‘Lincoln’: An E-ticket ride into America’s past
Somehow, I wound up sitting in the Byrd Theatre in Richmond’s Carytown neighborhood for the Virginia premiere of Steven Spielberg’s “Lincoln” last Thursday.
It was a great privilege to be there on a night that so many people had worked so long and hard to make happen.
The joint was jumping, as they say.
Chris Dodd, chairman of the Motion Picture Association of America, munched fresh hot popcorn five seats down the row. On the mighty Wurlitzer, the house organist was setting the mood with a rousing medley of Civil War tunes. A five-man fife-and-drum unit marched down the aisle and showed how military musicians got the troops’ blood pumping. Let’s call them the warm-up act for Gov. Bob McDonnell and the other state officials who welcomed the Hollywood epic to Virginia’s capital, where it was filmed.
But that was just the immediate scene inside the Byrd.
The real magic happened when the house lights dimmed, the curtain rose and the projector cast its beam onto the screen in front of us.
When “Lincoln” began.
Prepared for disappointment, I was carried away after the film’s first five minutes, transported to another time and place. And stayed happily, deep in the 19th century, for another two hours and 20 minutes.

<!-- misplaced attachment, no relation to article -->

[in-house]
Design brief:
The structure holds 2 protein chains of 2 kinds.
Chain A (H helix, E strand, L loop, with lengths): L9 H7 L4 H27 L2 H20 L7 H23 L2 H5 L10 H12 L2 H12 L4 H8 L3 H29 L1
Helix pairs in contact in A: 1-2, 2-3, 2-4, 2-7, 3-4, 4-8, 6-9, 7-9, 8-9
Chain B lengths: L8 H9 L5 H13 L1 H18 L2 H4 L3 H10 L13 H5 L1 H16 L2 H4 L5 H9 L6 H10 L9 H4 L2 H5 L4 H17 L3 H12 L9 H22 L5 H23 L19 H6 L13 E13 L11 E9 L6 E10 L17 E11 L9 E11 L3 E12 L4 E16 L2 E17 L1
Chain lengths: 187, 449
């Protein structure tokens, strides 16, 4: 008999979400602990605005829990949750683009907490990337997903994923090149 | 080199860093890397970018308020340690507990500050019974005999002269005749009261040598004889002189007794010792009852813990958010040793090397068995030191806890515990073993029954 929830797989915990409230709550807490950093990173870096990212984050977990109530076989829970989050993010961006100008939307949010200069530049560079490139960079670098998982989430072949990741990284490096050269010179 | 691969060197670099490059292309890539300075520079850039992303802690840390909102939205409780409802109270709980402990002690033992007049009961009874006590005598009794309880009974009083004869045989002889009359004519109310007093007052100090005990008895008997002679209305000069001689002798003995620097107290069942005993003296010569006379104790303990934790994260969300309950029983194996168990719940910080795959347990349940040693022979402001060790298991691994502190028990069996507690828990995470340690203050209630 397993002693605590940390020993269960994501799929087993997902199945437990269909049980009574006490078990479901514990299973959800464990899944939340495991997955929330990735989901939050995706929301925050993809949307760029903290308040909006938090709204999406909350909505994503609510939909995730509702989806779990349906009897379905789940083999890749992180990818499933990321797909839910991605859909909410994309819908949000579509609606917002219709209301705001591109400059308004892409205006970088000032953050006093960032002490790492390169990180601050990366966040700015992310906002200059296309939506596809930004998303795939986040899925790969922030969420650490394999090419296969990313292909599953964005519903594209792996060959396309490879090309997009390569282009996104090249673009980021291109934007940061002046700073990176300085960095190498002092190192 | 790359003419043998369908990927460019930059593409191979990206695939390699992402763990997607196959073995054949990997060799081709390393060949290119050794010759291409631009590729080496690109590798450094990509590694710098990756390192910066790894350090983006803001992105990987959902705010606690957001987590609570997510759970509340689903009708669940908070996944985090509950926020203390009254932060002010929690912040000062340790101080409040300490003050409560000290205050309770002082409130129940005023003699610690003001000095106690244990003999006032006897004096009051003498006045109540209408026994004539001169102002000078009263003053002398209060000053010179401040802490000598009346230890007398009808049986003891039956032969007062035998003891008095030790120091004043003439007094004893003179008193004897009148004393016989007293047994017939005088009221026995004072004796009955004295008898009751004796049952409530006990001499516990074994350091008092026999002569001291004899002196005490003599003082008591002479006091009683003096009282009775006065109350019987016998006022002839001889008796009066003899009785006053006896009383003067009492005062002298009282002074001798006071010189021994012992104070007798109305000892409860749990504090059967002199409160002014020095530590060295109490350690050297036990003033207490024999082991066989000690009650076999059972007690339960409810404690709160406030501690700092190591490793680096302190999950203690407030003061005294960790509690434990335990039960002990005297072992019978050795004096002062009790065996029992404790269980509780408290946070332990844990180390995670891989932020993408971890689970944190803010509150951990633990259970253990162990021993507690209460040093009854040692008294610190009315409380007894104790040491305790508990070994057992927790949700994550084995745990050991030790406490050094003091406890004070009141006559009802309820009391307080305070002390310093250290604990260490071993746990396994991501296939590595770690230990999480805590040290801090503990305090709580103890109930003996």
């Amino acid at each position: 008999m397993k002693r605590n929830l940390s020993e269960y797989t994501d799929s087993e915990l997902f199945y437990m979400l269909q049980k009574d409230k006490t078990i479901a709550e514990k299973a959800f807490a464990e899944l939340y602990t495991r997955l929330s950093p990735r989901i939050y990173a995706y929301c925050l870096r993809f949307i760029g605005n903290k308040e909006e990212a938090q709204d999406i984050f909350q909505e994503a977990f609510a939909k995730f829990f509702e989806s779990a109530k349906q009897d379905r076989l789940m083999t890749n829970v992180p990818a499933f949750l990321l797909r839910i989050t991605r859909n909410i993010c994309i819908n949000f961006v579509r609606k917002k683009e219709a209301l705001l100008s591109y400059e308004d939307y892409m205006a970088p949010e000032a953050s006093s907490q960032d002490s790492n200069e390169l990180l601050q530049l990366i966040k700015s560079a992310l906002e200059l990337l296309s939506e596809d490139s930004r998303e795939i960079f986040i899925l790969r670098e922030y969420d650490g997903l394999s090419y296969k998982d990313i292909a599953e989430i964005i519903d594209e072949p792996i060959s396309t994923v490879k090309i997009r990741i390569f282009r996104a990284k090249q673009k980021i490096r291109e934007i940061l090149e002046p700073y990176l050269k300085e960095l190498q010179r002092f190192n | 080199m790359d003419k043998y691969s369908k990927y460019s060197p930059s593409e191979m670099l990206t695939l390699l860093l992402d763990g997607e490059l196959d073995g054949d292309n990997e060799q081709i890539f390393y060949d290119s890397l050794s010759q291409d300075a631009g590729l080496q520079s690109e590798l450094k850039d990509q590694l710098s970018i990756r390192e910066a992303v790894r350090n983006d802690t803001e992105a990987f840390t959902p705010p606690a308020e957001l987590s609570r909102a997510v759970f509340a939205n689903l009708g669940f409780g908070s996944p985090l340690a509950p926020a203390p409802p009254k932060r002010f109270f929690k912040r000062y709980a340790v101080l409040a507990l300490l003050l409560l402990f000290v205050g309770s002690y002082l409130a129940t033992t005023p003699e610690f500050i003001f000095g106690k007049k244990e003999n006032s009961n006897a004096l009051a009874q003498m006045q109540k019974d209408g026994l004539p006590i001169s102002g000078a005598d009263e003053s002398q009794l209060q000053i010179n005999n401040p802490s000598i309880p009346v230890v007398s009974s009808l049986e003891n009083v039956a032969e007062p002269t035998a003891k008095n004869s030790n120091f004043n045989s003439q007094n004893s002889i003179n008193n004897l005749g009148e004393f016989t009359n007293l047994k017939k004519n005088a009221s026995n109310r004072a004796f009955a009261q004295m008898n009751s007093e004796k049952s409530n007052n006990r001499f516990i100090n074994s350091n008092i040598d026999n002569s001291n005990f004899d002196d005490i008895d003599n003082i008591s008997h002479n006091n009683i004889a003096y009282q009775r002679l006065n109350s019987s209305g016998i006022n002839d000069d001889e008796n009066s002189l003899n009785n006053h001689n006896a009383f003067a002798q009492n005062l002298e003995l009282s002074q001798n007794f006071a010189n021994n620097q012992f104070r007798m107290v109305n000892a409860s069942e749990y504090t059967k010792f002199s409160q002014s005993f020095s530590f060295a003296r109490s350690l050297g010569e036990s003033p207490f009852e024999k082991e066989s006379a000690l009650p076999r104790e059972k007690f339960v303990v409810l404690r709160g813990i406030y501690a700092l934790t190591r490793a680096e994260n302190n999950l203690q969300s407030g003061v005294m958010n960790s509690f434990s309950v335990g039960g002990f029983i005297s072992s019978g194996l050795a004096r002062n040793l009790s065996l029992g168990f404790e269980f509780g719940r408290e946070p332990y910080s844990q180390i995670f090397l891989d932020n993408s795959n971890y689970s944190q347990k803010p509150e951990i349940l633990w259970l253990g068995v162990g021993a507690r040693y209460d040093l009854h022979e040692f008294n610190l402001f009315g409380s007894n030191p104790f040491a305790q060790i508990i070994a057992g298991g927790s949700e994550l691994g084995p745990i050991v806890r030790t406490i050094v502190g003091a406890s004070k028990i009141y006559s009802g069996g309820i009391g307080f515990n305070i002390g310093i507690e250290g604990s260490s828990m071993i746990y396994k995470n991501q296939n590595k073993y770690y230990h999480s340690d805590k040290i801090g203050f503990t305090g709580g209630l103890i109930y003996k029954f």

A proper review will have to wait a few more days (heeding Virginia Film Office ground rules), but suffice it to say that this incredible movie is the closest any of us will ever get to the real Abraham Lincoln, to understanding this complicated human being. Unless you want to spend a lot of time with his own words, or reading the best biographies.
And if Daniel Day-Lewis isn’t nominated for the besrt-actor Oscar, I’ll be a monkey’s uncle.
The film is no battle-fest, but captures the desperate insanity and high stakes of the American Civil War.
Lincoln-haters will pan it, regardless, but the movie doesn’t put a halo on the 16th president’s head. He is seen as many things, including coarse, profane, angry, conniving, and willing to dispense patronage to achieve his policy goals.
In other words, believable. And fitting the historical record.
Don’t take my word for it.
Here’s what historian Doris Kearns Goodwin, whose book “Team of Rivals” forms the foundation for Tony Kushner’s screenplay, told PBS host Charlie Rose:
“I went to the filming in Richmond and they had created a White House set. And they took me, they opened the door. And here was the White House … I was blown away. I’ve imagined it for 10 years in my life and suddenly the wallpaper is as it was. The maps on the wall are the ones that were there. The books he was reading are first-edition books. The carpet had been recreated. It’s just amazing … And to see this character, here is my Lincoln, he’s back again.”
More on all this as soon as I’ve gotten some shut-eye. (My apologies; just put Sunday’s paper to bed a little while ago.)
In the meantime, I commend this superb C’-Ville opus on how the movie happened to get filmed in Virginia. It was no accident.